How to Minimise the Effects of Altitude Sickness
What is Altitude Sickness?
Altitude sickness is caused by the reduction in oxygen in the air the further above sea level that you go.
Symptoms of Altitude Sickness
There are varying symptoms dependent on the severity of reaction.
- Shortness of breath, particularly when exercising
- Headaches that you struggle to get rid of
- Nausea and / or vomiting
- Nose bleeds
- Fuzzy head, almost a drunken feeling
How Altitude Sickness Can Affect your Travels
We realised that it had more of an impact on our travels than we originally thought. The impact could be any or all of the following,
- Inability to do much in the first few days at high altitude
- Reduction in appetite
- Lower tolerance to alcohol (much lower!)
- Inability to complete treks or hikes at high altitude
- Hospitalisation, in a severe cases
What to Do to Minimise the Impact of Altitude Sickness
There are a number of things that you can do minimise the impact of altitude sickness, but there is no apparent reason why some people suffer more than others. It is not based at all on your fitness level.
Prior to ascending to a higher altitude, there are steps that you can take that may help you to adapt.
- Prescription altitude sickness tablets, like Diamox. These should be taken with full knowledge of the possible side effects. Some people find the side effects worse than their altitude sickness. It should also be noted that these drugs do not stop the shortness of breath but should improve the headaches and any vomiting caused by altitude sickness.
- Chlorophyll tablets. This is a holistic remedy that is supposed to increase your red blood cell count meaning that your body can use oxygen more effectively.
- Move slowly up to the high altitude over a period of a number of days. This is not always possible if flying into a place, but your body would adapt better if you do.
Once you arrive in your high altitude destination there are more things that you can do to minimise your reaction.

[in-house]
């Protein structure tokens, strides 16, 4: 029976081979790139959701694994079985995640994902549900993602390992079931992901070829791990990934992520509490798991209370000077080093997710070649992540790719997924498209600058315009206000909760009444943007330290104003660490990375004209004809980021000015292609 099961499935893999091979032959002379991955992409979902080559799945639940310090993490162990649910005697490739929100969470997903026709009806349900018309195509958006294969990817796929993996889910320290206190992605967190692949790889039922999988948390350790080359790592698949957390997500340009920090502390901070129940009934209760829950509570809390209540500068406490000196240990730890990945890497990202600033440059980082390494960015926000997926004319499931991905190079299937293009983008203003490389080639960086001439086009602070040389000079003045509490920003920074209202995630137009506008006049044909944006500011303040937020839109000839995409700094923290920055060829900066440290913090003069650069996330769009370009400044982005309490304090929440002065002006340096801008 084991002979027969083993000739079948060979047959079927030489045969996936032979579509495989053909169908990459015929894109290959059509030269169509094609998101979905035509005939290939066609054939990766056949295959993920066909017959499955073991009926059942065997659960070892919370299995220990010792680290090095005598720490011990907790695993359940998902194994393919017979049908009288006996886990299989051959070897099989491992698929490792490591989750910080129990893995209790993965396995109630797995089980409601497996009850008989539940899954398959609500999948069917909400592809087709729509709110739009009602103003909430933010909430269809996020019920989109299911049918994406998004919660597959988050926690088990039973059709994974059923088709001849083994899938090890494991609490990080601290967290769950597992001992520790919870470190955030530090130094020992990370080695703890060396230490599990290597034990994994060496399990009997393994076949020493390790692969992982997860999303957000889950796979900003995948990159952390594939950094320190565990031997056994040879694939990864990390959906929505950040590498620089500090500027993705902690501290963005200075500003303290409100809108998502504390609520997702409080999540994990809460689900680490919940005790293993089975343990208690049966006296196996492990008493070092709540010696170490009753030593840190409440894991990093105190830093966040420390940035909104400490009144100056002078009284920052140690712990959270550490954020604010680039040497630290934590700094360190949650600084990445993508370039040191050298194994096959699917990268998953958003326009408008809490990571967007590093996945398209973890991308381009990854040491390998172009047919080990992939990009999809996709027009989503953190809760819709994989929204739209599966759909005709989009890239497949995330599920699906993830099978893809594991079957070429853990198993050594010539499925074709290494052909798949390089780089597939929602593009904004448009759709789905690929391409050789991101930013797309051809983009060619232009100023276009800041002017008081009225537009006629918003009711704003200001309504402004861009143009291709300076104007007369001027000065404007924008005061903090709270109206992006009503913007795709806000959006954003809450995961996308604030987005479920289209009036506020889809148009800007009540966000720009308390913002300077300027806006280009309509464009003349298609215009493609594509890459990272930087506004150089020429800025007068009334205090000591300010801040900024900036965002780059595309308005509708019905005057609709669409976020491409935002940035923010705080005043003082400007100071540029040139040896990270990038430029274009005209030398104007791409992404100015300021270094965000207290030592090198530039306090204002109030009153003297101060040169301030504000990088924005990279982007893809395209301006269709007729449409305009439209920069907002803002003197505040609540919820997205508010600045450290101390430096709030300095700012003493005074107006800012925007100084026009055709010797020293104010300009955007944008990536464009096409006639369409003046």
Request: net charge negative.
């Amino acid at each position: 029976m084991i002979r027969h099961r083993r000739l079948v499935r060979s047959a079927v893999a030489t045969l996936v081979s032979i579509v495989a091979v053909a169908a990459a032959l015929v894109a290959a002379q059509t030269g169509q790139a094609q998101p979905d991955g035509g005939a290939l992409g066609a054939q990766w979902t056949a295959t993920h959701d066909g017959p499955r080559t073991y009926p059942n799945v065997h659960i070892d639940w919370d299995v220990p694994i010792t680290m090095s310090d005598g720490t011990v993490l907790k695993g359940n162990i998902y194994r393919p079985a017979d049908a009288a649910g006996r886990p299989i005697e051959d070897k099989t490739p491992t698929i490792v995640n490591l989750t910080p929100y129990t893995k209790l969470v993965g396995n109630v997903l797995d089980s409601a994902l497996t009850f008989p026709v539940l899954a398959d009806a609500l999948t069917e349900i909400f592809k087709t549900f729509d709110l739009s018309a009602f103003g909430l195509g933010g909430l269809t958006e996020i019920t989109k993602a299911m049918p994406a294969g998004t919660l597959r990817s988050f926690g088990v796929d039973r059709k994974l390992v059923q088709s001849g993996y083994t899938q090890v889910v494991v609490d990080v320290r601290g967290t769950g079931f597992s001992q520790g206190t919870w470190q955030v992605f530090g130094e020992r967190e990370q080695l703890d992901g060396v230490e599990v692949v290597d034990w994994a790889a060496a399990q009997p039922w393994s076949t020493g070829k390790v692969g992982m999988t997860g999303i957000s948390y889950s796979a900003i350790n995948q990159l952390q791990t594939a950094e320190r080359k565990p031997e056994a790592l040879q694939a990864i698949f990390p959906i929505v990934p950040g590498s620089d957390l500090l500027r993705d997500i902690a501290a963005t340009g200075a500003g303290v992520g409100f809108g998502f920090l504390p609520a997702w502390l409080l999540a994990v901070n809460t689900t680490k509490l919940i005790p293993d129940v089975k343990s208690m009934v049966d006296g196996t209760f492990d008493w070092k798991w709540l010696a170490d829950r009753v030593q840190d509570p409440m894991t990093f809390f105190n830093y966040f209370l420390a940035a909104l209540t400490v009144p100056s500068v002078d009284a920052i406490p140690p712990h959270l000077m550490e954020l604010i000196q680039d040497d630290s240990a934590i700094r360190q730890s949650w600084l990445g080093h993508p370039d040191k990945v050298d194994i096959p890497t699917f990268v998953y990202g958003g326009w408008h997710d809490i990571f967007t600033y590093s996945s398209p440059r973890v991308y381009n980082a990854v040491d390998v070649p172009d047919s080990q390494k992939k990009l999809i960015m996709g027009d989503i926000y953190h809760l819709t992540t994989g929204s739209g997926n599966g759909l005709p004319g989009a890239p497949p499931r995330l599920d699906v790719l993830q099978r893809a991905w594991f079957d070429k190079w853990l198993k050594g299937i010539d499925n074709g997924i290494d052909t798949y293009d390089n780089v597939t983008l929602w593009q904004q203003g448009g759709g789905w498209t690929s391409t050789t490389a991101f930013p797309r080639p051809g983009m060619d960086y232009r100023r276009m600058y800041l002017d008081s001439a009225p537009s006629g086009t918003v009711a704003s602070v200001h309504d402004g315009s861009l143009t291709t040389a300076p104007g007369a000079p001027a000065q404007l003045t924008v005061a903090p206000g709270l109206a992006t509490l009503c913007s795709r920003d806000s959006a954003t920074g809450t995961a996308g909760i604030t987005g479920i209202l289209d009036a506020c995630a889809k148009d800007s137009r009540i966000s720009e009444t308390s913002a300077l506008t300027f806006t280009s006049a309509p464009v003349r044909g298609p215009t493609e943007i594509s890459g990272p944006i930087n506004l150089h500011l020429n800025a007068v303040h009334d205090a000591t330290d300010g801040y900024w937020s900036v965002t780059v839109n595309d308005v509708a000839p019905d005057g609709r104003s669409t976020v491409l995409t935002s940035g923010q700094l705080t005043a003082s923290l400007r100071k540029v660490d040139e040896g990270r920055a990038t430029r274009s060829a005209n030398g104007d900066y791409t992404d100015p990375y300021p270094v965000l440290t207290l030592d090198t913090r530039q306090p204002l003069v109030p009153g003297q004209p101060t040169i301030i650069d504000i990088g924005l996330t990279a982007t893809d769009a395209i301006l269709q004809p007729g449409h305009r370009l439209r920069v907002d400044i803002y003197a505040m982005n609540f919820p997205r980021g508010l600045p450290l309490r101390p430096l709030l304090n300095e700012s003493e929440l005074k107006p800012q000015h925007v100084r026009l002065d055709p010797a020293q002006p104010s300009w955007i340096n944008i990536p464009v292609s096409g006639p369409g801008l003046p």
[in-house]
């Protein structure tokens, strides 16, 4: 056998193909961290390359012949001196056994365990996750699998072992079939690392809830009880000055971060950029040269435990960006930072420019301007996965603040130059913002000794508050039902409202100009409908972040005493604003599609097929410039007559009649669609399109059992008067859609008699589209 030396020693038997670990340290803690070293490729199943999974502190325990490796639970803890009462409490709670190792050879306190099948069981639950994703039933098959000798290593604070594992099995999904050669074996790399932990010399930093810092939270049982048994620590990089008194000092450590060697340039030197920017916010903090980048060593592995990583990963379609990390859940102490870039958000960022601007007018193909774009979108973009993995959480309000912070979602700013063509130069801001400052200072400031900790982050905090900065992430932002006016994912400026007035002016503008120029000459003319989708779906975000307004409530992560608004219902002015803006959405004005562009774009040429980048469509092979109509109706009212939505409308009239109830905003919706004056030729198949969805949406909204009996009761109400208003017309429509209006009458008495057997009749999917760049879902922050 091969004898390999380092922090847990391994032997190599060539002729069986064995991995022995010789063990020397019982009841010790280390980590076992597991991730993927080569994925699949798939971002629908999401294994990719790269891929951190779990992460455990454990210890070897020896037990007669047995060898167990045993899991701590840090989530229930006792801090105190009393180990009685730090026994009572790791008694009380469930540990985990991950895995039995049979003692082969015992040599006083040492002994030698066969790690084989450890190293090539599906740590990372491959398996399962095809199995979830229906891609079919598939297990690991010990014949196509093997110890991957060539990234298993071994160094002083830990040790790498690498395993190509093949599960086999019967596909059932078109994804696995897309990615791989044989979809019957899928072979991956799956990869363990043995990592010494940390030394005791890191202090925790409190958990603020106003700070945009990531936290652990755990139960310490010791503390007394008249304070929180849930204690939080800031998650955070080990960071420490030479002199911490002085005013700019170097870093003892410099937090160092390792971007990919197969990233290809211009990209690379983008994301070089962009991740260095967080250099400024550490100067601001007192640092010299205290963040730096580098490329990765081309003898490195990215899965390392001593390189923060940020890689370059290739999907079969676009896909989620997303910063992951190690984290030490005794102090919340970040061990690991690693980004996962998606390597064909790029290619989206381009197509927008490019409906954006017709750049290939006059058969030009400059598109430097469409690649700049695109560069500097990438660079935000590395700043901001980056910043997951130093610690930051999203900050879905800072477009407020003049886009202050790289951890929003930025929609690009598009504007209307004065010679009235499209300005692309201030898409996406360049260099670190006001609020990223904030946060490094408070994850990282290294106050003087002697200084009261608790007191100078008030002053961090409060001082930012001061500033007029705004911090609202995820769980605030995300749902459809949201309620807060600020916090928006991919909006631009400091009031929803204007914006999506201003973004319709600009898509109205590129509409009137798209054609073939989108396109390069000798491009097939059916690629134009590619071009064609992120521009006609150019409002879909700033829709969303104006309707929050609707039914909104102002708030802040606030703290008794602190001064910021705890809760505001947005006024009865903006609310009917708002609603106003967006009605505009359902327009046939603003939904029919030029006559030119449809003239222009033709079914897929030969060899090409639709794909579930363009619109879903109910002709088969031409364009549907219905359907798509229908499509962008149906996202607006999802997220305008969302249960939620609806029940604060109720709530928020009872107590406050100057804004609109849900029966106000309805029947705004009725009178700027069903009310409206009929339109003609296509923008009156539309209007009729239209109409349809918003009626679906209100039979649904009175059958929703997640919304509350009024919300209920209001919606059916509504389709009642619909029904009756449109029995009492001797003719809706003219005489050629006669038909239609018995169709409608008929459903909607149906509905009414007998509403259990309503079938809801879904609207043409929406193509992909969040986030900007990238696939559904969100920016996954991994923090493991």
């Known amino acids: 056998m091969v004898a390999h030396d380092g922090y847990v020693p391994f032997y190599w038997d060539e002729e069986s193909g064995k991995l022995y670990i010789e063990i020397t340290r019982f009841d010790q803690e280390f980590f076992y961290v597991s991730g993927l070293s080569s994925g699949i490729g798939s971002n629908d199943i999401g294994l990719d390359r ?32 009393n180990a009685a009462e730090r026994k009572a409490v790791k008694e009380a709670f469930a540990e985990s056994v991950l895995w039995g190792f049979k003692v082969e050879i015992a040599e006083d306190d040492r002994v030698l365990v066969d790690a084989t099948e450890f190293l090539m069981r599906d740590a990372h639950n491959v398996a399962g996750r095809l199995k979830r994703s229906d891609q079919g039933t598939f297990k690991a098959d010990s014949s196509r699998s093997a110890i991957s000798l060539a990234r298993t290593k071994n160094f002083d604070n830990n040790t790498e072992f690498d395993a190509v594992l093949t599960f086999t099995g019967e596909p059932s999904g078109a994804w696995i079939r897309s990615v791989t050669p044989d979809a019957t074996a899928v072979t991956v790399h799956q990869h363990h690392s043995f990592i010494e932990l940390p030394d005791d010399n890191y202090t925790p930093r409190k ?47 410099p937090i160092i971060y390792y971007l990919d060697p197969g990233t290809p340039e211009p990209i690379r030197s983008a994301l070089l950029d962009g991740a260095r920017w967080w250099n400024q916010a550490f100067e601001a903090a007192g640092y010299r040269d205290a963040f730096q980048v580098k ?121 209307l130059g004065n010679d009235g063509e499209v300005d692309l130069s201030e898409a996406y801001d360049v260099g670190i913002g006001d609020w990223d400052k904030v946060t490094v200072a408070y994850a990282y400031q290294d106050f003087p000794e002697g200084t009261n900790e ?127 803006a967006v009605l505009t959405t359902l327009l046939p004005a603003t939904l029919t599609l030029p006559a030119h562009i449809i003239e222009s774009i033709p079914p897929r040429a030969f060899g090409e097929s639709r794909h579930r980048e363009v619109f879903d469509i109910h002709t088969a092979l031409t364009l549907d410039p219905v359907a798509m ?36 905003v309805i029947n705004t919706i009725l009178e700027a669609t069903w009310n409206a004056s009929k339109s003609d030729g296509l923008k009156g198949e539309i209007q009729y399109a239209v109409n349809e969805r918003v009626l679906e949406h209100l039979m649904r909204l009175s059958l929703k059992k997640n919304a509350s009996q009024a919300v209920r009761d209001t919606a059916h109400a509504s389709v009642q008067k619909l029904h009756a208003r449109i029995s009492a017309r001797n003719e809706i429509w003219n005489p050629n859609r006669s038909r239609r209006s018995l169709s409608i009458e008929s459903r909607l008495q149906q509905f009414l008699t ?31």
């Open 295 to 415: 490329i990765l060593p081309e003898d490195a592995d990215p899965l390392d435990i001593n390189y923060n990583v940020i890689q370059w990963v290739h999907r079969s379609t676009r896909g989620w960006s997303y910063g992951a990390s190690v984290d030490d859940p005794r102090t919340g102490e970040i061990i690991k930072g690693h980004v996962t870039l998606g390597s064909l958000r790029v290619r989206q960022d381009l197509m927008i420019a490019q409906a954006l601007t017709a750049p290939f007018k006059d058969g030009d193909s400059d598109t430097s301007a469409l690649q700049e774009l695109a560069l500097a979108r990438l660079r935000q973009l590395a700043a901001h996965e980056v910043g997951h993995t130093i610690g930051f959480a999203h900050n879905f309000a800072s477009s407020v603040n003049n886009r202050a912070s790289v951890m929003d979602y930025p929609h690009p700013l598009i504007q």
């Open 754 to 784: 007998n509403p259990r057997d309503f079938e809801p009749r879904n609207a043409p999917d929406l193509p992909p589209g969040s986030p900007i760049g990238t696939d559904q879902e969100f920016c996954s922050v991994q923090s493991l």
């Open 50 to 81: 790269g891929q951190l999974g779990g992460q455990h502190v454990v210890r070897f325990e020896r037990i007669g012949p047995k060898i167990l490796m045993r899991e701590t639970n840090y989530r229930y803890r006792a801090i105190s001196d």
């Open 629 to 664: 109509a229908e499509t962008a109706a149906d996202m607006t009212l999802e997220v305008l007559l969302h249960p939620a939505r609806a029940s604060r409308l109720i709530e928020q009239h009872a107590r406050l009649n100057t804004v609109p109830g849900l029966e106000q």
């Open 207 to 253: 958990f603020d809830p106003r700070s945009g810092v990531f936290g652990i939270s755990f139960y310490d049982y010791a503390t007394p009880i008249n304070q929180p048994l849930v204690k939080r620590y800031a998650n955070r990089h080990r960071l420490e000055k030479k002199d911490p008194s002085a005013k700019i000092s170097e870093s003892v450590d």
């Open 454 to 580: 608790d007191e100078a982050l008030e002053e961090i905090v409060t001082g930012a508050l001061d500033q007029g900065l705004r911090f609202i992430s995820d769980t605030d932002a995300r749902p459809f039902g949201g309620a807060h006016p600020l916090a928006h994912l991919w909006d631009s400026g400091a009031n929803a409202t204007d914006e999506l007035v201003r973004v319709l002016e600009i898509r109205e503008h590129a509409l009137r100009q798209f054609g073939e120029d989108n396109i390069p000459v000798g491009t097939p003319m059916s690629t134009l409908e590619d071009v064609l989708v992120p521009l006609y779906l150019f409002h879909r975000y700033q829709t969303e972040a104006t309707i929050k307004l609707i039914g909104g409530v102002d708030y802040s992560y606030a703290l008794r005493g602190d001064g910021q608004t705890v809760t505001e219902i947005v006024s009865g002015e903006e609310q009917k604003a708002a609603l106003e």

- Drink a lot of water to remain hydrated.
- If in South America, drink Mata de Coca (coca tea) or chew coca leaves (I preferred the tea!). This is readily available in places like Cusco for the Inca Trail.
- Do not drink alcohol in your first few days, as you will find that it affects you much more than usual and the hangover will be 4 times worse!
- Take a few days to rest and relax before undertaking any hikes or strenuous exercise, even if you are very fit.
- I found that my sinuses got blocked so I’d recommend taking something that helps with this as it’s even harder to get oxygen into your body.
Finally, if you are on a trek and finding the altitude hard, keep taking breaks and concentrate on taking one step at a time. You can do it, maybe just slowly! I shuffled the last part of the Rainbow Mountain hike!
Make sure that your guide knows so that they can watch to ensure that you do not get worse and give you oxygen if needed. Severe altitude sickness is serious; you may need hospitalisation so don’t just keep your feelings to yourself.
Read our blogs about our experiences at high altitude in Quito, Cusco and on high altitude hikes on Rainbow Mountain and the Inca Trail, by following the links below.
I hope this article helps you out, let us know if you have any other tips or comments below.